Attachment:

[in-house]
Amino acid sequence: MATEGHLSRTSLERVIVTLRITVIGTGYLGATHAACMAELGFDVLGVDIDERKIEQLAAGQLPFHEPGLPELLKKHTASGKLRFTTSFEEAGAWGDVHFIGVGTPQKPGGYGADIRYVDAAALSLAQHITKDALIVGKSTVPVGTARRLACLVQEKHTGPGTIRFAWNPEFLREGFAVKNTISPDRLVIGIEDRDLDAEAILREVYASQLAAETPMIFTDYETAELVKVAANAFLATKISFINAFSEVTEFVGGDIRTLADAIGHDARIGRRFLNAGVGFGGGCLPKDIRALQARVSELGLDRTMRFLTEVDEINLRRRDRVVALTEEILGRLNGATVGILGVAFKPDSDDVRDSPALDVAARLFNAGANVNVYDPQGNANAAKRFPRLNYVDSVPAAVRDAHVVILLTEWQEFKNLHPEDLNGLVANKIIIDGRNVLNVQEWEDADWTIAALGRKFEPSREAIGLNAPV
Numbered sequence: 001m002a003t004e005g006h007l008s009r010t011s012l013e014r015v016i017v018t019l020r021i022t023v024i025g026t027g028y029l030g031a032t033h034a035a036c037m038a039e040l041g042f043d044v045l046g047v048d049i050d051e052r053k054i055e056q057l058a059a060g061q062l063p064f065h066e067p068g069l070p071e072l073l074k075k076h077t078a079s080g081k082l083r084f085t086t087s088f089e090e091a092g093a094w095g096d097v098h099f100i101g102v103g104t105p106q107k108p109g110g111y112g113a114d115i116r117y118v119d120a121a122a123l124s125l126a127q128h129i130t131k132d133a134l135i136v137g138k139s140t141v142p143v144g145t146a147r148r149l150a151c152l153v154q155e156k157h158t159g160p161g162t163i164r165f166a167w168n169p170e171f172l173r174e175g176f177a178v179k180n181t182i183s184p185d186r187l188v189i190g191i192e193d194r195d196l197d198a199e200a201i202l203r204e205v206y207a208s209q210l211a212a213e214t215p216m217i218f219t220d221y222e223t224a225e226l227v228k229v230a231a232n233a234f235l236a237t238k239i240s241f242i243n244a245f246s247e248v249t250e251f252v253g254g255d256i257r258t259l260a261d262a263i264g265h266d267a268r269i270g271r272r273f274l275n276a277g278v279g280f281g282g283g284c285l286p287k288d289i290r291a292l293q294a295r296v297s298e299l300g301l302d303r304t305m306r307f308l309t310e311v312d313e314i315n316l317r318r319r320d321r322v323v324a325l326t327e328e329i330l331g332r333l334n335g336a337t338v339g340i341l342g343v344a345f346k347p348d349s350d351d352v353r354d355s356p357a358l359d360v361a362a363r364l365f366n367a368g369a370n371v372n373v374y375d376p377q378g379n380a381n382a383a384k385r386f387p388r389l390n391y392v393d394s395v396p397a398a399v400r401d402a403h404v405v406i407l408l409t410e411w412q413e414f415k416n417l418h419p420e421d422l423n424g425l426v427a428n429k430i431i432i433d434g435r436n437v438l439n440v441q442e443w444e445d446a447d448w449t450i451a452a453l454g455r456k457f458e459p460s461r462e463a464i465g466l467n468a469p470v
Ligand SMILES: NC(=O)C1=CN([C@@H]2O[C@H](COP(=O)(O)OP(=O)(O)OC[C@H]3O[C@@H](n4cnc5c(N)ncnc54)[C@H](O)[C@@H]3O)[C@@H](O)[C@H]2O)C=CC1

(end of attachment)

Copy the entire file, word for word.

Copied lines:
[in-house]
Amino acid sequence: MATEGHLSRTSLERVIVTLRITVIGTGYLGATHAACMAELGFDVLGVDIDERKIEQLAAGQLPFHEPGLPELLKKHTASGKLRFTTSFEEAGAWGDVHFIGVGTPQKPGGYGADIRYVDAAALSLAQHITKDALIVGKSTVPVGTARRLACLVQEKHTGPGTIRFAWNPEFLREGFAVKNTISPDRLVIGIEDRDLDAEAILREVYASQLAAETPMIFTDYETAELVKVAANAFLATKISFINAFSEVTEFVGGDIRTLADAIGHDARIGRRFLNAGVGFGGGCLPKDIRALQARVSELGLDRTMRFLTEVDEINLRRRDRVVALTEEILGRLNGATVGILGVAFKPDSDDVRDSPALDVAARLFNAGANVNVYDPQGNANAAKRFPRLNYVDSVPAAVRDAHVVILLTEWQEFKNLHPEDLNGLVANKIIIDGRNVLNVQEWEDADWTIAALGRKFEPSREAIGLNAPV
Numbered sequence: 001m002a003t004e005g006h007l008s009r010t011s012l013e014r015v016i017v018t019l020r021i022t023v024i025g026t027g028y029l030g031a032t033h034a035a036c037m038a039e040l041g042f043d044v045l046g047v048d049i050d051e052r053k054i055e056q057l058a059a060g061q062l063p064f065h066e067p068g069l070p071e072l073l074k075k076h077t078a079s080g081k082l083r084f085t086t087s088f089e090e091a092g093a094w095g096d097v098h099f100i101g102v103g104t105p106q107k108p109g110g111y112g113a114d115i116r117y118v119d120a121a122a123l124s125l126a127q128h129i130t131k132d133a134l135i136v137g138k139s140t141v142p143v144g145t146a147r148r149l150a151c152l153v154q155e156k157h158t159g160p161g162t163i164r165f166a167w168n169p170e171f172l173r174e175g176f177a178v179k180n181t182i183s184p185d186r187l188v189i190g191i192e193d194r195d196l197d198a199e200a201i202l203r204e205v206y207a208s209q210l211a212a213e214t215p216m217i218f219t220d221y222e223t224a225e226l227v228k229v230a231a232n233a234f235l236a237t238k239i240s241f242i243n244a245f246s247e248v249t250e251f252v253g254g255d256i257r258t259l260a261d262a263i264g265h266d267a268r269i270g271r272r273f274l275n276a277g278v279g280f281g282g283g284c285l286p287k288d289i290r291a292l293q294a295r296v297s298e299l300g301l302d303r304t305m306r307f308l309t310e311v312d313e314i315n316l317r318r319r320d321r322v323v324a325l326t327e328e329i330l331g332r333l334n335g336a337t338v339g340i341l342g343v344a345f346k347p348d349s350d351d352v353r354d355s356p357a358l359d360v361a362a363r364l365f366n367a368g369a370n371v372n373v374y375d376p377q378g379n380a381n382a383a384k385r386f387p388r389l390n391y392v393d394s395v396p397a398a399v400r401d402a403h404v405v406i407l408l409t410e411w412q413e414f415k416n417l418h419p420e421d422l423n424g425l426v427a428n429k430i431i432i433d434g435r436n437v438l439n440v441q442e443w444e445d446a447d448w449t450i451a452a453l454g455r456k457f458e459p460s461r462e463a464i465g466l467n468a469p470v
Ligand SMILES: NC(=O)C1=CN([C@@H]2O[C@H](COP(=O)(O)OP(=O)(O)OC[C@H]3O[C@@H](n4cnc5c(N)ncnc54)[C@H](O)[C@@H]3O)[C@@H](O)[C@H]2O)C=CC1